Deserts, even those at tropical latitudes, often have strikingly low levels of plant diversity, particularly within genera. One remarkable exception to this pattern is the genus Petalidium (Acanthaceae), in which 37 of 40 named species occupy one of the driest environments on Earth, the Namib Desert of Namibia and neighboring Angola. To contribute to understanding this enigmatic diversity, we generated RADseq data for 47 accessions of Petalidium representing 22 species. We explored the impacts of...
Data from: Combined observational and experimental data provide limited support for facilitation in lichensMåns Svensson, Alexandro Caruso, Rebecca Yahr, Christopher Ellis, Göran Thor & Tord Snäll
It is increasingly recognized that facilitative interactions can shape communities. One of the mechanisms through which facilitation may operate is when one species facilitates the colonization of another through the exchange of shared symbionts. Lichens are symbiotic associations composed of a mycobiont (lichenised-fungus) and one or two photobionts (algae or cyanobacteria). Different lichen species may have overlapping specificity for photobionts, creating the possibility that facilitation drives lichen community assembly. To investigate whether facilitation occurs in...
Aim: The tomato family Solanaceae is distributed on all major continents except Antarctica and has its centre of diversity in South America. Its worldwide distribution suggests multiple long-distance dispersals within and between the New and Old Worlds. Here, we apply maximum likelihood (ML) methods and newly developed biogeographical stochastic mapping (BSM) to infer the ancestral range of the family and to estimate the frequency of dispersal and vicariance events resulting in its present-day distribution. Location:...
A major goal of evolutionary biology is to determine the mechanisms generating biodiversity. In Begonia, one of the largest plant genera (1900+ species), it has been postulated that the high number of endemic species is a by-product of low gene flow among populations, which predisposes the group to speciation. However, this model of divergence requires that reproductive barriers accumulate rapidly among diverging species that overlap in their geographic ranges, otherwise speciation will be opposed by...
Data from: Indications for three independent domestication events for the tea plant (Camellia sinensis (L.) O. Kuntze) and new insights into the origin of tea germplasm in China and India revealed by nuclear microsatellitesM. K. Meegahakumbura, M. Wambulwa, K. K. Thapa, M.M. Li, M. Möller, J.C. Xu, J.B. Yang, B.Y. Liu, S. Ranjitkar, J. Liu, D.Z. Li, L.M. Gao, M. C. Wambulwa, M. M. Li, D. Z. Li, L. M. Gao, J. B. Yang & J. C. Xu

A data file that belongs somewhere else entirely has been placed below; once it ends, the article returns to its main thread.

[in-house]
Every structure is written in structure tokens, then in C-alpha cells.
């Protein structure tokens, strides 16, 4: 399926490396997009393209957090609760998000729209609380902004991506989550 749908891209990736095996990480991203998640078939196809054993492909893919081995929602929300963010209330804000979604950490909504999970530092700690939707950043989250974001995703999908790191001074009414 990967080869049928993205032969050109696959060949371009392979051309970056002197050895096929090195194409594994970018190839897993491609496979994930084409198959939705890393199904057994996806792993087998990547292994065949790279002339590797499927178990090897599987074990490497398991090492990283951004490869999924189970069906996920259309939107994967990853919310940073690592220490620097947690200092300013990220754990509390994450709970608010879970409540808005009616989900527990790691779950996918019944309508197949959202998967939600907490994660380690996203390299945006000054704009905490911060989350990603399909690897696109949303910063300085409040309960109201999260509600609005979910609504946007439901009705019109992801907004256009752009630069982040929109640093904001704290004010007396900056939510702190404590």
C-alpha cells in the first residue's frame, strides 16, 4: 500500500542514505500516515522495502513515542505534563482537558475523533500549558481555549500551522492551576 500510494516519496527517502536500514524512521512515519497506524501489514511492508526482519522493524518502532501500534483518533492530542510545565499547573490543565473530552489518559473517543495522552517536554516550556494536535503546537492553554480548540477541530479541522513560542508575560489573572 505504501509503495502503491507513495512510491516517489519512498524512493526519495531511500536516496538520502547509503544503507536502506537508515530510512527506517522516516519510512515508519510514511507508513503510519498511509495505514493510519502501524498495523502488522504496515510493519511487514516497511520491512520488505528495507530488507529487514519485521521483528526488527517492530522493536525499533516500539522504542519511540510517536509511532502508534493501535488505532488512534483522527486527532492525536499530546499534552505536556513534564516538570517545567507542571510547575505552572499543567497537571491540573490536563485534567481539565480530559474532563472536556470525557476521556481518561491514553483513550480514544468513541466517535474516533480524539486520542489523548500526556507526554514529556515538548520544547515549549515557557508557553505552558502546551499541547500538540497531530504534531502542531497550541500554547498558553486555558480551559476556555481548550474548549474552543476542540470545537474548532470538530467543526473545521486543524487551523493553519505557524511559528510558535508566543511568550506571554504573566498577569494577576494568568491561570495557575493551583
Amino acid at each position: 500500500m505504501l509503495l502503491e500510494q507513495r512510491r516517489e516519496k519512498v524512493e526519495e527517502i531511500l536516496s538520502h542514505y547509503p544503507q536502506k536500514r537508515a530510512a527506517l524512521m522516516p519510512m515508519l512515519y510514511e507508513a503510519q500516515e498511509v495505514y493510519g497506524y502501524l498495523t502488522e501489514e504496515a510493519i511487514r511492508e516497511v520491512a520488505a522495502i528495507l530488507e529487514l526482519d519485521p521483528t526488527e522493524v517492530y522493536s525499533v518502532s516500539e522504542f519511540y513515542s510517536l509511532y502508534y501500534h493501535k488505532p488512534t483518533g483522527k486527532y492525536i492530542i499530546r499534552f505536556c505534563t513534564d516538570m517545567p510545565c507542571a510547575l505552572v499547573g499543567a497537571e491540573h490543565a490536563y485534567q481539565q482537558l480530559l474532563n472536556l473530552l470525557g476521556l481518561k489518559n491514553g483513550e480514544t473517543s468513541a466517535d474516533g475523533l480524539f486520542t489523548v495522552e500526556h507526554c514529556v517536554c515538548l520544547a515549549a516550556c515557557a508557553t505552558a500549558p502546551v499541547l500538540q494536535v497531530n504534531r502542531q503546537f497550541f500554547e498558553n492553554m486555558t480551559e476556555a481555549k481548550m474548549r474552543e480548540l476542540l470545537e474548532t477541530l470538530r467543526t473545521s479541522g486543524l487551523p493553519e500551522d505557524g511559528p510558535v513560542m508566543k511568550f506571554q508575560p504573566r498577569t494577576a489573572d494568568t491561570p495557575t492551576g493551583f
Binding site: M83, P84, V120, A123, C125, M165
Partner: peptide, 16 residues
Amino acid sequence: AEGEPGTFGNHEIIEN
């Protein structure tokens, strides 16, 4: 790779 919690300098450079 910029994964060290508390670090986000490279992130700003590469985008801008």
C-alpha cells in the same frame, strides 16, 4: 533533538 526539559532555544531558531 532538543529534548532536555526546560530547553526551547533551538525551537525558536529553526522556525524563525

Background: Tea is the world’s most popular non-alcoholic beverage. China and India are known to be the largest tea producing countries and recognized as the centers for the domestication of the tea plant (Camellia sinensis (L.) O. Kuntze). However, molecular studies on the origin, domestication and relationships of the main teas, China type, Assam type and Cambod type are lacking. Methodology/Principal Findings: Twenty-three nuclear microsatellite markers were used to investigate the genetic diversity, relatedness, and...
Data from: Convergent morphology in Alpinieae (Zingiberaceae): recircumscribing Amomum as a monophyletic genusHugo De Boer, Mark Newman, Axel D. Poulsen, A. Jane Droop, Tomas Fer, Le Thi Thu Hien, Kristyna Hlavata, Vichith Lamxay, James E. Richardson, Karin Steffen, Jana Leong-Škorničková & Axel Dalberg Poulsen
The tropical ginger genus Amomum (Zingiberaceae) has always posed challenges for classification based on morphological characters. Previous molecular phylogenetic studies showed Amomum to be paraphyletic but limited sampling and absence of the data of the type Amomum subulatum made it impossible to resolve the paraphyly and make nomenclatural changes. Here, Amomum is further investigated in a multi-marker phylogenetic framework using matK and nrITS including multiple accessions of the type, the genus Elettaria and additional accessions...
1. In 1973 the statistician Francis Anscombe used a clever set of bivariate datasets (now known as Anscombe’s quartet) to illustrate the importance of graphing data as a component of statistical analyses. In his example, each of the four datasets yielded identical regression coefficients and model fits, and yet when visualized revealed strikingly different patterns of covariation between x and y. 2. Phylogenetic comparative methods are statistical methods too, yet visualizing the data and phylogeny...
Data from: Genotypic variation in a foundation tree (Populus tremula L.) explains community structure of associated epiphytesChantel Davies, Christopher J. Ellis, Glenn R. Iason, Richard A. Ennos, C. Davies, R. A. Ennos, G. R. Iason & C. J. Ellis